Sorry for all the recent pregnancy and baby posts, but it's the biggest thing on my mind these days. (Well, that, and how many more pumpkins I should buy before Halloween.)

Wednesday, October 24, 2012

Emailing Love Ones In The Peace Corps

As I've mentioned before, my brother Matt and sister-in-law Sara are currently volunteering with the Peace Corps. They live in a remote ass village in South Africa, so weekend visits are not exactly an option. Now that I'm pregnant, I know I won't see them again until they return to the United States.

Thank God for email. Even in their remote ass village, Matt and Sara have internet access. Sort of. I recently emailed Matt a link to a one minute video, and Matt responded that he would have to check it the next time they were in a city. Their internet connection can maybe handle a video that is one second long before crashing.

We also exchange text messages, but we are only both awake at the same time for a few hours a day. I've woken Matt with text messages (sorry, dude), so I have to be really careful about the time difference.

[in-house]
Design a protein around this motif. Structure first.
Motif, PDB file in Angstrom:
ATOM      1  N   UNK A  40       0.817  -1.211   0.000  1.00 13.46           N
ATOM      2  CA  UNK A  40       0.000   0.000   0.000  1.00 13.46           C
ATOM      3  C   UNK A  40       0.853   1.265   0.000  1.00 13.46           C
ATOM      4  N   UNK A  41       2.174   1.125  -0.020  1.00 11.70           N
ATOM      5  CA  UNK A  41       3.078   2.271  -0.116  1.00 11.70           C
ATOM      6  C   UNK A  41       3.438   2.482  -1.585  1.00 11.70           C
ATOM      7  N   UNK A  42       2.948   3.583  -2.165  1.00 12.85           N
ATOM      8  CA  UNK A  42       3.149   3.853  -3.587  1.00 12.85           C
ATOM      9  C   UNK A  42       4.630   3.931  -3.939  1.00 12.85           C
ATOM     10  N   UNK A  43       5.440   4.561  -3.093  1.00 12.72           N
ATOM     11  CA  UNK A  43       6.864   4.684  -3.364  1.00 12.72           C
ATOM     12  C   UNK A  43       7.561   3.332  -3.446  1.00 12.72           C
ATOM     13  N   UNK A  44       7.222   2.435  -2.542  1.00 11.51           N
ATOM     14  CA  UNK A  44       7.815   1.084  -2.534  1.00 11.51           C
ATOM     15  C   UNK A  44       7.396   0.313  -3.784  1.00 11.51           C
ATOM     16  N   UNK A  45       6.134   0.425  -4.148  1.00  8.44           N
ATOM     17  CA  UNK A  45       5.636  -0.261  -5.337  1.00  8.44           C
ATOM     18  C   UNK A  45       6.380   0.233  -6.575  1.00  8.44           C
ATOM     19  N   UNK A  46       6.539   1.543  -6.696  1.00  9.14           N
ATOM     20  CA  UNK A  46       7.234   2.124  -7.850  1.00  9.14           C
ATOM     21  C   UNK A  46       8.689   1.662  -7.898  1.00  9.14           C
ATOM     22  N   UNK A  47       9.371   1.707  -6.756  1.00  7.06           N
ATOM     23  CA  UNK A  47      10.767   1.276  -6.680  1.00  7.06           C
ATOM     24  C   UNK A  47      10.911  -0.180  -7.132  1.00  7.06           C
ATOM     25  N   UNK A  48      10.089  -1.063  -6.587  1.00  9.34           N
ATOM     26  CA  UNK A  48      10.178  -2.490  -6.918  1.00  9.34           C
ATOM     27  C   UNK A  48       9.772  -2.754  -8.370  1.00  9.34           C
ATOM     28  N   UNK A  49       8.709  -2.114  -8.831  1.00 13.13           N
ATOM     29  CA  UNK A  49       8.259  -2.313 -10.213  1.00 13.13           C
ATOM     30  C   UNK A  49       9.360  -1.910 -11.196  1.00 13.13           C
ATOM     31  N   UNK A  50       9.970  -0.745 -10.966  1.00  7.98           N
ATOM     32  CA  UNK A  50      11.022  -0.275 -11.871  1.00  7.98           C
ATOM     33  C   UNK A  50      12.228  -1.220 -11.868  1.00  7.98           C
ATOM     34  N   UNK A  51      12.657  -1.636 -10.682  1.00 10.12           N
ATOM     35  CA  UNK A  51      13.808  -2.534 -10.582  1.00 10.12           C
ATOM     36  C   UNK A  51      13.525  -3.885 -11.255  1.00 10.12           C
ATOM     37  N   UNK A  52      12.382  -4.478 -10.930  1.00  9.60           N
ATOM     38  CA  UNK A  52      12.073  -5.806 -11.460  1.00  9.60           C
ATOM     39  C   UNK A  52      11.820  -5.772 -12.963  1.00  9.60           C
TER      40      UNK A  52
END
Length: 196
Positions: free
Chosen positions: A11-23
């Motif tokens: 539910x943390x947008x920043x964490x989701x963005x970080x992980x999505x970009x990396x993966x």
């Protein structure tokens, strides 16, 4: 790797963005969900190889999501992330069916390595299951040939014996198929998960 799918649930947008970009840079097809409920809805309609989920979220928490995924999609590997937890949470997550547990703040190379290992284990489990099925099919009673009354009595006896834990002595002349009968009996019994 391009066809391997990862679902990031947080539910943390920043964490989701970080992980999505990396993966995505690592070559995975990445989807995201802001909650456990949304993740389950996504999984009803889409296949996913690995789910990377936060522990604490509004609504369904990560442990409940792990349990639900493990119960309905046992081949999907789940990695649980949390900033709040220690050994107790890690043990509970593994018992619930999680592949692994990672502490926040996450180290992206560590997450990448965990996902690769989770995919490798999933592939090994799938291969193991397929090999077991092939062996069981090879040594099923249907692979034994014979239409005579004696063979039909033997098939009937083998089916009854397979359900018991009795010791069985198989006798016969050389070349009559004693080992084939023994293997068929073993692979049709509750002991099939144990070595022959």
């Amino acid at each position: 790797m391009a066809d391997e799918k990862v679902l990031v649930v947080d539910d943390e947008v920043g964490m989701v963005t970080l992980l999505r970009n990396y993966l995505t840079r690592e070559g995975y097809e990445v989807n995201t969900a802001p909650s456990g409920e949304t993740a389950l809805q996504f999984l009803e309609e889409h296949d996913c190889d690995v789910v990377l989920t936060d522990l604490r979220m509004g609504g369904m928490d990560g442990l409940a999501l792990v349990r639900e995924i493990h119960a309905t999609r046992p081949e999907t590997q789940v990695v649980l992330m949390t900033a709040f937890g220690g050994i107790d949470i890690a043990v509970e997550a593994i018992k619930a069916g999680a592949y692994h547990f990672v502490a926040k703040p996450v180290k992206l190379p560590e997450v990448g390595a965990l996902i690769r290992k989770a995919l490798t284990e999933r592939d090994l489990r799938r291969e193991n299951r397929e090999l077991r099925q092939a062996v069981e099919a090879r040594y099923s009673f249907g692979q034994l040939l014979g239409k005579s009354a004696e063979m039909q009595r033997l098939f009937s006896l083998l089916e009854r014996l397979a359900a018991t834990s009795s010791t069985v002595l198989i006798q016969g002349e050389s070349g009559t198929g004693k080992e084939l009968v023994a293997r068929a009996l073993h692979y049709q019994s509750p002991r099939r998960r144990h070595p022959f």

Email works best. I can send a more substantive message, and I don't have to worry about the time difference. However, I do have to worry about the content of my emails.

I never just "write and send" an email to Matt or Sara. Oh no, no no no. I write, reread, revise, reread, revise, reread and then hit the send button. I am extra careful with my emails because I don't want to taunt or torment them about my cushy American life.

For some reason, in my emails, I always write about food. I don't write about it much on this blog, but cooking, baking and dining out are a big part of my life. I love food! But if I tell Matt and Sara that I just discovered an amazing recipe for chili, I'm being a bitch. They don't have access to the ingredients for chili, and even if they did, they don't have the means to prep and cook it. (And God forbid I mention a trip to our family's favorite Mexican restaurant. If I want to send Matt to a dark place, I just need to text him the words "El Cholo.")